|Germanium detectors cover the entire hard X-ray to gamma-ray line energy range (up
to ~20 MeV) with the highest spectral resolution of any detectors. They have been flown on the HEAO-3, Mars Observer,
and, most recently, Wind spacecraft (UCB designed/fabricated GeD). Internally segmented GeDs appropriate for HESSI
were developed by UCB (Luke 1984), and since 1988 over twenty have been successfully flown on
and other balloon payloads (Smith et al. 1993, 1995; Pelling et al. 1992, Feffer et al. 1993). These have proven
to be very robust; the first ones fabricated and flown are still operating.
The HESSI GeD design provides wide energy coverage, from ~3 keV soft X-rays to ~20 MeV gamma-rays with a single
mechanically robust detector. The largest, readily available, hyperpure (n-type) coaxial Ge material (~7.1-cm diam
x 8.5-cm long) will be used. The inner electrode is segmented into three contacts that collect charge from three
electrically independent detector segments, defined by the electric field pattern. This provides the equivalent
of a ~1-cm thick planar GeD in front of a thick ~7-cm coaxial GeD, plus a bottom <~0.5-cm "guard-ring".
The top and curved outer surfaces are implanted with a thin (~0.3-µm) boron layer to provide a surface transparent
down to ~3 keV X-rays. The front segment's closed-end "pancake" configuration is electrically identical
(with the same low capacitance) to a commercial ORTEC "LO-AX"
GeD. Together with an advanced FET and
state-of-the-art electronics, this front segment will easily achieve the 3 keV energy threshold of a LO-AX
Thus, a separate detector (and its electronics, etc.) is not required for 3-20 keV measurements.
A window of 20 mils rolled foil beryllium in the cryostat (similar to HEXAGONE) covers the central ~0.2-cm2 of
each GeD with the rest covered by 30 mils aluminum, so that low energy photons are absorbed in the high electric
field region over the center contact for optimal charge collection. This window allows for observations of the
iron line complex and thermal continuum down to 3 keV with ~0.5 keV FWHM resolution.
The front segment thickness is chosen to stop photons up to ~150 keV, where photoelectric absorption dominates,
while minimizing the active volume for background. Front-incident photons that Compton-scatter, and background
photons or particles entering from the rear, are rejected by anticoincidence with the rear segment; a passive,
graded-Z (Pb, Cu, Sn) ring around the front segment absorbs hard X-rays incident from the side, to provide the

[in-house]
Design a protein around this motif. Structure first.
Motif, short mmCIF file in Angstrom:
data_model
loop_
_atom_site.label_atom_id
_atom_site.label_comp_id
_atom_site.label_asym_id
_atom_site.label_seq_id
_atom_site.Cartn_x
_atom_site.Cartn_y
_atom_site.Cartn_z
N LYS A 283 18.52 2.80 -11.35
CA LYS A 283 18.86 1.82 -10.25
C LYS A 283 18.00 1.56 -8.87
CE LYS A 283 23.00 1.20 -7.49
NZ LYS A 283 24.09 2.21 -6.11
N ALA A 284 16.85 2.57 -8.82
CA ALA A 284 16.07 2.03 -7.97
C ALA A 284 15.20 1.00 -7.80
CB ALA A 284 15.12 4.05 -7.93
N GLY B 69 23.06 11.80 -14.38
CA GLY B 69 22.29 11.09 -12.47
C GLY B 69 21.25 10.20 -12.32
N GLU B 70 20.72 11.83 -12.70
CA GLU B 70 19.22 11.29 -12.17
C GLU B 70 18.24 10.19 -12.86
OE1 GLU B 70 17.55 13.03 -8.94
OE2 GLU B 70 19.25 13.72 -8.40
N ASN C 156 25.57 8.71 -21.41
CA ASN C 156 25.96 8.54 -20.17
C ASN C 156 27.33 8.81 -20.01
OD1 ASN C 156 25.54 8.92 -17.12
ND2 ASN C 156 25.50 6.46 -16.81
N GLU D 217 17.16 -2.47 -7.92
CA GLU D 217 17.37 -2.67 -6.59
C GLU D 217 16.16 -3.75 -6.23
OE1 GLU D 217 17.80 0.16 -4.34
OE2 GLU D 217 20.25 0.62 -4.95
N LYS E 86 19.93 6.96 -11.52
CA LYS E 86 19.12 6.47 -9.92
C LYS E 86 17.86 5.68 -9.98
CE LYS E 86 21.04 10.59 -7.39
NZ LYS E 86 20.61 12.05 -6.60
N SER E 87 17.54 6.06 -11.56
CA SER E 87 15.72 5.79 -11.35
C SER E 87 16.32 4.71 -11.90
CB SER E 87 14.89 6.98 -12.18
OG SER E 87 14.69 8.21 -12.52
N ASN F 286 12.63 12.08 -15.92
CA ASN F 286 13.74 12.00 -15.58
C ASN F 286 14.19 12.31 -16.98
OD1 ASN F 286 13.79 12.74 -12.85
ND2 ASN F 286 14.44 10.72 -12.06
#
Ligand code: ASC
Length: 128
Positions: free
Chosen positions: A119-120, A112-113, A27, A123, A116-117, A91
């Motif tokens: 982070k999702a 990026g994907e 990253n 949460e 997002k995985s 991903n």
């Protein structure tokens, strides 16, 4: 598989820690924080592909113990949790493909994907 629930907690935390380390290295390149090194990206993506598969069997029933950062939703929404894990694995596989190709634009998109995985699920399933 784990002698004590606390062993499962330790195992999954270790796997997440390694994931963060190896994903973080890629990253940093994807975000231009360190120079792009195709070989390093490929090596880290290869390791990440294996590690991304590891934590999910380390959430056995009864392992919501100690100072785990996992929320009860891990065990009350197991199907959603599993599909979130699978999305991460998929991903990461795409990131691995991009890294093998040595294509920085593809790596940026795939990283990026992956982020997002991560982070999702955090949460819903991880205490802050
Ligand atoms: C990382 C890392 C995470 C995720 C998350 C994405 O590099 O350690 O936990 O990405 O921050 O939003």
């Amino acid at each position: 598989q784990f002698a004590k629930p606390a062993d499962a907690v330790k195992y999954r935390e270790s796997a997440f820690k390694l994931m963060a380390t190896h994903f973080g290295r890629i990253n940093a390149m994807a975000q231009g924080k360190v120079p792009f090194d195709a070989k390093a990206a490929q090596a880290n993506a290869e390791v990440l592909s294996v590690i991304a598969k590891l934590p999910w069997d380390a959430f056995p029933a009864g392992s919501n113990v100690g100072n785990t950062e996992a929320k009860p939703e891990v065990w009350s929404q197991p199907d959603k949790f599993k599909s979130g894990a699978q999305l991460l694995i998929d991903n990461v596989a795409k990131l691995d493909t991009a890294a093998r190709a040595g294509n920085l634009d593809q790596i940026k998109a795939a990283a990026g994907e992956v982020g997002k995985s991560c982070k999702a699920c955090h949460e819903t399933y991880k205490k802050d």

unusually low background of a phoswich-type scintillation detector.
Photons with energies from ~150 keV to ~20 MeV, including all nuclear gamma-ray lines, stop primarily in the thick
rear segment alone, with smaller fractions stopping in the front segment, depositing energy in both the front and
rear segments, or in two or more GeDs. All these modes contribute to the total photopeak efficiency.
The intense 3-150 keV X-ray fluxes that usually accompany large gamma-ray line flares are absorbed by the front
segment, so the rear segment will always count at moderate rates. This is essential for gamma-ray line measurements
with optimal spectral resolution and high throughput.
Photons >~20 keV from non-solar sources can penetrate the thin aluminum cryostat wall from the side and be detected
by the GeD rear segments.
Contamination of the intrinsic (flat rear) surface, leading to increased surface leakage current and noise, is
the most common failure mode for GeDs. For planar GeDs and silicon detectors, guard rings have long been used to
isolate and drain off the leakage current of the intrinsic surfaces. Two years ago, we
(UCB) developed the first
guard-ring coaxial GeDs, using our segmentation technique to divide the internal electrode <~0.5 cm above the
intrinsic (flat) rear surface. Tests with a prototype coaxial guard ring GeD showed no degradation for surface
leakage currents of one nanoamp (~ten times higher than usable for non-guard-ring
GeDs), and only a few hundred eV broadening in resolution for currents of 10
nanoamps. This increased resistance
to contamination, by a factor of ~102, allows the use of a single vacuum enclosure for all 9 GeDs instead of the
more complex and expensive
hermetic encapsulation of individual detectors.